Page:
If you were a new or casual viewer of Buffy the Vampire Slayer, Joss Whedon: The Genius Behind Buffy does a nice job of recapping Joss’s screenwriting career and his intention to make BtVS into something more than its big-screen predecessor.
Now that we’ve gotten the niceties out of the way… If you have been a follower of BtVS since the early years, were ever involved in an online Buffy community, or bothered to read any press about the show during its seven-year run, you won’t learn anything new. In fact, you can probably fill in the blanks in Joss Whedon’s glossy history with all the unflattering stuff they didn’t print.
Written by syndicated television reporter Candace Havens, Joss Whedon reads like a fangirl’s college research paper. It is a perfect example of why fans sometimes shouldn’t write about their fandoms: sometimes you can’t see the forest for the trees. In this biography, Havens paints Joss as a quirky and ambitious maestro who is either misunderstood or worshipped by his peers. Every day at Mutant Enemy (Joss’s production company) is portrayed as if it’s their tight-knit family against the world, fighting for quality television, respect, and Joss’s Way. While this is certainly one version of the truth, Havens completely ignores any difficulties surrounding Joss or his creations. Although the biography is unauthorized, Joss did provide comments and corrections to the script, so the omission of even a hint of trouble between cast/crew/creator seems fishy.
The book starts with a quick chapter about Joss’s childhood (he was a “strange, unlovable” child), and then jumps right into the disappointment of the first Buffy movie. Campy rather than darkly witty, the film was not what Joss imagined it would be. “The director ruined it,” he says, in the first of many comments that make him sound spoiled and arrogant. Havens speeds through Joss’s experiences as a writer on the television show Roseanne, and movies like Toy Story and Speed. She then slows to a crawl to comment subjectively on Buffy, such as Chapter 4, which outlines the “seven key ingredients” that made the show great. Chapter 5 summarizes each season of the show, with special attention to episodes written and/or directed by Joss. Some of the commentary is insulting to opinionated, long-time fans, like when Havens says, “There was some fan discontent in season four, over specific issues (like Willow and Tara), but mostly regarding the quality of the season. This discontent was misguided; while not all of the ambitions in season four were realized, the overall quality was strong.” Did I buy a biography, or did I buy an episode guide?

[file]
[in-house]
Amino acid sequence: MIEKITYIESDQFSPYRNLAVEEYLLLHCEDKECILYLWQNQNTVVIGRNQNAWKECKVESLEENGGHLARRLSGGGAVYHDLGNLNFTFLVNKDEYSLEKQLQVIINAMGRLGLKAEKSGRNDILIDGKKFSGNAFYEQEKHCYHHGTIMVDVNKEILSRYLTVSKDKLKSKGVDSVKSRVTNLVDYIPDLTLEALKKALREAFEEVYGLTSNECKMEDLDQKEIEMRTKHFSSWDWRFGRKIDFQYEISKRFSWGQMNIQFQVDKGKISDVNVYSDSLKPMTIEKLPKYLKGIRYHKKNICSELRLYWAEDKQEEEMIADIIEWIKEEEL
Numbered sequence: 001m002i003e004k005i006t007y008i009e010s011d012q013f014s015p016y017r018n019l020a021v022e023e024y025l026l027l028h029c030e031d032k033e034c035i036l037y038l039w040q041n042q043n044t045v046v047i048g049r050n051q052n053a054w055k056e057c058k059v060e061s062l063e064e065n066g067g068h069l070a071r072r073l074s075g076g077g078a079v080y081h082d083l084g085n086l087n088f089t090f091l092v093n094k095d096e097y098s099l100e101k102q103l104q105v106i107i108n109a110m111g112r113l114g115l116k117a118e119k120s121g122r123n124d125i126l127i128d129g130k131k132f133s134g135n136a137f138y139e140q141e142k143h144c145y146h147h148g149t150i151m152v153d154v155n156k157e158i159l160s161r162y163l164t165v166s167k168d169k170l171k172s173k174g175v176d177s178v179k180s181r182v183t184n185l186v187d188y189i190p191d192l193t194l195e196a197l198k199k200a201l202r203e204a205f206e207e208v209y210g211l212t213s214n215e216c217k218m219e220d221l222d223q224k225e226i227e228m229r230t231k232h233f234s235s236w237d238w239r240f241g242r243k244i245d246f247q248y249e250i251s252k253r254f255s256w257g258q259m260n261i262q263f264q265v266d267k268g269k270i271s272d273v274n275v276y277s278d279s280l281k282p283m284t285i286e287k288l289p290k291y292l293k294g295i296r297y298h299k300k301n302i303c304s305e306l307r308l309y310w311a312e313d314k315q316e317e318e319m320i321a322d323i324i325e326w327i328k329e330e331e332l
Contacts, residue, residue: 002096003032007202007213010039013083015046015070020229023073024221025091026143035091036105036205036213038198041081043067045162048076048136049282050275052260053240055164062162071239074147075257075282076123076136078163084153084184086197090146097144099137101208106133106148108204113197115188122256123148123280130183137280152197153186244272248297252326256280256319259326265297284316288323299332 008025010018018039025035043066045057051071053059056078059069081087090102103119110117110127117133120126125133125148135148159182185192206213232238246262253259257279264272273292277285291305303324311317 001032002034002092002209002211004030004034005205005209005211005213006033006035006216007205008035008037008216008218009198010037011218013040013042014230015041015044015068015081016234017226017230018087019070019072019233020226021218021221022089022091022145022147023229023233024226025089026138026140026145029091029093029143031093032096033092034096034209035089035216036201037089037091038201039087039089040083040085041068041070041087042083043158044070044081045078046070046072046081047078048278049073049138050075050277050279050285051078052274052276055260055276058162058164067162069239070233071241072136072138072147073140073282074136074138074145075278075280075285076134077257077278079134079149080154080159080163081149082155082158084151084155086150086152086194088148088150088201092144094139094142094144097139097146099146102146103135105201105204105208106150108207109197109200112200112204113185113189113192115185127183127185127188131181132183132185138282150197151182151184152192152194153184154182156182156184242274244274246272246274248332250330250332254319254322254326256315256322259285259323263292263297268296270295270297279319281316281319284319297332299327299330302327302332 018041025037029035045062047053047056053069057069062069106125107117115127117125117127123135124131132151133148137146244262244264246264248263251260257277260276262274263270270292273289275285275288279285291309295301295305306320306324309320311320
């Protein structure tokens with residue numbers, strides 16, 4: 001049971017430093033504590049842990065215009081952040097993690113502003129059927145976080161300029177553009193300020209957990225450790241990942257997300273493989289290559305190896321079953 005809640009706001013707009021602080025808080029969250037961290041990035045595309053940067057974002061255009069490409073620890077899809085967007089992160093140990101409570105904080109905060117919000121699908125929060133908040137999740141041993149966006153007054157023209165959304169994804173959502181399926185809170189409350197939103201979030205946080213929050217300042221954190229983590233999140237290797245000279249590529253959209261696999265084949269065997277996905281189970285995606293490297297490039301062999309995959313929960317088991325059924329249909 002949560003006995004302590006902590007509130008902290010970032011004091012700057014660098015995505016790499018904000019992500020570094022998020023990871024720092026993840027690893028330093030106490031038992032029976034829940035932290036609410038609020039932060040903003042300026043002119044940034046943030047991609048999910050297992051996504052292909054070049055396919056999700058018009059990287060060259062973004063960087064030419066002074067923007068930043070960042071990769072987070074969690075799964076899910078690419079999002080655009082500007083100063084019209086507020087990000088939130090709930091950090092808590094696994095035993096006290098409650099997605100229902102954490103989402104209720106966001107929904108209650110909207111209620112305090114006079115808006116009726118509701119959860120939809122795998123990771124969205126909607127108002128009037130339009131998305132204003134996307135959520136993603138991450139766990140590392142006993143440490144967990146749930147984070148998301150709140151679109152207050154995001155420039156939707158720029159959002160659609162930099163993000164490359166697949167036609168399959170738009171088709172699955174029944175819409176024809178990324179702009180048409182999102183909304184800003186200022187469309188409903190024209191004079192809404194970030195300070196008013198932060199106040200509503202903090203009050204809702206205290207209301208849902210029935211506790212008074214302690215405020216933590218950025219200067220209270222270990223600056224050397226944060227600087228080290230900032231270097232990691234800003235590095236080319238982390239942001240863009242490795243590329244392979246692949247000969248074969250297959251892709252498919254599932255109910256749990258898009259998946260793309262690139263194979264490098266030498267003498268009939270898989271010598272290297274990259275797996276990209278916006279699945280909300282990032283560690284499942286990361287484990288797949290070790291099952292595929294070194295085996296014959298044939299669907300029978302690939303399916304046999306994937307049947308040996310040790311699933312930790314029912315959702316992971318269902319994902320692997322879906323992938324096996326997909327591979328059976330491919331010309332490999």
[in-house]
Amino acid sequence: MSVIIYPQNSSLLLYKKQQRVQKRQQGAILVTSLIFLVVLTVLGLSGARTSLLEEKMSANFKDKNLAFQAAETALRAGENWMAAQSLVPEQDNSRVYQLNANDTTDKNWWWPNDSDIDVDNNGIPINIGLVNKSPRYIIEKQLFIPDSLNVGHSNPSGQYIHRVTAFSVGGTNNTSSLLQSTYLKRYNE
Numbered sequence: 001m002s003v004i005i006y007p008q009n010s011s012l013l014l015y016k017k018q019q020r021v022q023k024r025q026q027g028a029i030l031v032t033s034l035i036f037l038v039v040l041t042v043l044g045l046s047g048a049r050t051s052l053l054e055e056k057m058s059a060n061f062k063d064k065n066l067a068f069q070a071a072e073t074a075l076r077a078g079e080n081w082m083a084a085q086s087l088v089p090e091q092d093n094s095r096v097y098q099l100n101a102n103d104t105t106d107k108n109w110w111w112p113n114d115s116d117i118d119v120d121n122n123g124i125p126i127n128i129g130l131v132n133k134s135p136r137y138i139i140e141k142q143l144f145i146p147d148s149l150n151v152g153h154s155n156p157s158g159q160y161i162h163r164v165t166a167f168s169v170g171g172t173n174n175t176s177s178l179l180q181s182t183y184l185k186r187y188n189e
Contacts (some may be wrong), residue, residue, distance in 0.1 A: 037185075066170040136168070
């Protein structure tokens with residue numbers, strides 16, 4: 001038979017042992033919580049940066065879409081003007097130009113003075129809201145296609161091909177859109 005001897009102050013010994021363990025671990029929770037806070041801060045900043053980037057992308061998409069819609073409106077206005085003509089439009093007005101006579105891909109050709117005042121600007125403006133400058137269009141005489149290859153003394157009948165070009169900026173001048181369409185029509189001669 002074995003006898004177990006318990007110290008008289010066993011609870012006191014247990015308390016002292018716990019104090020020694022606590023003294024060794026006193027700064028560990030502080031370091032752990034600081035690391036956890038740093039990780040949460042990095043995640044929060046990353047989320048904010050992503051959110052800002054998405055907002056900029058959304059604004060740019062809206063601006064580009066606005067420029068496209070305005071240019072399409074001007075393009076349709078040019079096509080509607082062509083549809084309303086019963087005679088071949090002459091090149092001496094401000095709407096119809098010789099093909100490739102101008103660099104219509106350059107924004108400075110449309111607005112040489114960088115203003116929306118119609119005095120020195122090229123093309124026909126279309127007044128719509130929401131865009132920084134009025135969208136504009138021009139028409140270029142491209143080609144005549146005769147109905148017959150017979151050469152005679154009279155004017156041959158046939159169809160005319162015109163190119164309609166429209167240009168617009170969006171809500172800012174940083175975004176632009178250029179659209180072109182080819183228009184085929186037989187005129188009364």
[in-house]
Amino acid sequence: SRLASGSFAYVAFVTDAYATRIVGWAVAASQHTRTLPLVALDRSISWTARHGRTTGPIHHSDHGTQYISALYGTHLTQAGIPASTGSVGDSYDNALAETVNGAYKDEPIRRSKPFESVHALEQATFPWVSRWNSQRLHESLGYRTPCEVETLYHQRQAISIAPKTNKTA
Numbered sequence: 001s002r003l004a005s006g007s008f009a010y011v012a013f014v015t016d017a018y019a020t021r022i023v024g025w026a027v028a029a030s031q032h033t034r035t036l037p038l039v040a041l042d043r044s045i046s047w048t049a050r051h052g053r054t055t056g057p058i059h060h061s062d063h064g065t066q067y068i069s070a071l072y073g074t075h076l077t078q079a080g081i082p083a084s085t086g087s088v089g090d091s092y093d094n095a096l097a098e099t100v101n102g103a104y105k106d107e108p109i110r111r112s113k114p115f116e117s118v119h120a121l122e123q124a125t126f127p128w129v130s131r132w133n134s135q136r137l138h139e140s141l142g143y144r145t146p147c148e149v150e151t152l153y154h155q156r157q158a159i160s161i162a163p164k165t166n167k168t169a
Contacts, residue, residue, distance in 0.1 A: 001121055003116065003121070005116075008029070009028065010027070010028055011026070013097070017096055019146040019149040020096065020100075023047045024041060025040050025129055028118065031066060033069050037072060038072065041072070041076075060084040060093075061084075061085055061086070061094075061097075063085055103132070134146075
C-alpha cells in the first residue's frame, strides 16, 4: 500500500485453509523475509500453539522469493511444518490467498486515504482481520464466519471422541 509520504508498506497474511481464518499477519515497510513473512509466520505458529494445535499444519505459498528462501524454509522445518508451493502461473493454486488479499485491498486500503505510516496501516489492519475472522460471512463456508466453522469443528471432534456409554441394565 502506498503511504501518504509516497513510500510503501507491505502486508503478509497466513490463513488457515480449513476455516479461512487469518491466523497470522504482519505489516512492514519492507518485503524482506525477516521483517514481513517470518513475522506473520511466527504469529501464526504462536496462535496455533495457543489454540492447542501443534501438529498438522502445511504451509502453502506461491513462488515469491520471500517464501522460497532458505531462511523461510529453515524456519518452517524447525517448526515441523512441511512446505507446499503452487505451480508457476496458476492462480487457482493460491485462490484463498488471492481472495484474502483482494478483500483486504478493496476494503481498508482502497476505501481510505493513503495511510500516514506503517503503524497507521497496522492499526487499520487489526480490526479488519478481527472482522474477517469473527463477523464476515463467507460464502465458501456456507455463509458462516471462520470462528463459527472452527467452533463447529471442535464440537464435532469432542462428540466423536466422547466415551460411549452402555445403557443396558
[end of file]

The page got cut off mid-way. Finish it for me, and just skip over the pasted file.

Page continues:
Havens fills in her narrative by quoting Internet sources, such as the archives of Joss posts from the old official posting board at Buffy.com. Dropped into the narrations are unrevealing interviews with cast members like James Marsters and Nick Brendan, as well as Havens’ own years-old recaps of set visits. The most-quoted source for the book is Professor Jeanine Basinger, who taught Joss at Wesleyan University. She is very flattering about Joss and his natural gifts, but her manner of speaking is very ivory tower Ivy League, and it’s often off-putting.
In addition to the old-news feel of the narrative, and the opinionated stance on any number of topics, Joss Whedon is sloppy and sophomoric. By page five, I had already found three typos. Most pages of the 162-book are littered with large pictures or pull-quotes, which eat up space without adding any value to the reader. It’s the equivalent of bumping up the font on a term paper so you can reach a certain page limit.
Ever since I first heard that Joss Whedon: The Genius Behind Buffy was going to be available, I began to teasingly call it “Joss Whedon is a Big, Fat Idiot.” Secretly, though, I wanted for it to be a smart and proper tribute to the man who created an iconic television show that brought about a historic Internet fanbase that in turn introduced me to some of my best friends today. The truth is that this slender volume is a big, fat nothing.